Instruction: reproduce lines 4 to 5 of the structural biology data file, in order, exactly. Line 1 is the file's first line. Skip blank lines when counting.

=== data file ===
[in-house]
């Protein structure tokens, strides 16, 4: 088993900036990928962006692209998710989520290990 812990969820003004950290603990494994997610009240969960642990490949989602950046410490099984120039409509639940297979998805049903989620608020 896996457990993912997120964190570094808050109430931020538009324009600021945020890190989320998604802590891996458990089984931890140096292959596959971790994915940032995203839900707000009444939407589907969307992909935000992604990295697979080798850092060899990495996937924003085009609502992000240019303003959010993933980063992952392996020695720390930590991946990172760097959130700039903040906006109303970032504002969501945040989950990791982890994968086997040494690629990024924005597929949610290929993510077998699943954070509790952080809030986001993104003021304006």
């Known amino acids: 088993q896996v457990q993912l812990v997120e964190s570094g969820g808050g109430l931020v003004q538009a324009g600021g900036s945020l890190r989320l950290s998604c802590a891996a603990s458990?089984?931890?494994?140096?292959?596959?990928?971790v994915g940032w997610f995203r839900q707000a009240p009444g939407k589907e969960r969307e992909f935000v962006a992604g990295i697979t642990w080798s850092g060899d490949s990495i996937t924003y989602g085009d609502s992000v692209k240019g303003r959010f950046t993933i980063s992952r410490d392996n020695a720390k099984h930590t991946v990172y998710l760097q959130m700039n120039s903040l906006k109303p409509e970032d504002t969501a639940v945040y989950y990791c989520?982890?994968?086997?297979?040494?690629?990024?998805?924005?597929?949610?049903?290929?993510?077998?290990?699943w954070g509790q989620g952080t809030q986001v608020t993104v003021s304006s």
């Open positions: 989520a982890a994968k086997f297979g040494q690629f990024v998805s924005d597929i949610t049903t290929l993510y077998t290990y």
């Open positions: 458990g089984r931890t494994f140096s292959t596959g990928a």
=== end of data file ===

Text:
């Open positions: 989520a982890a994968k086997f297979g040494q690629f990024v998805s924005d597929i949610t049903t290929l993510y077998t290990y």
């Open positions: 458990g089984r931890t494994f140096s292959t596959g990928a």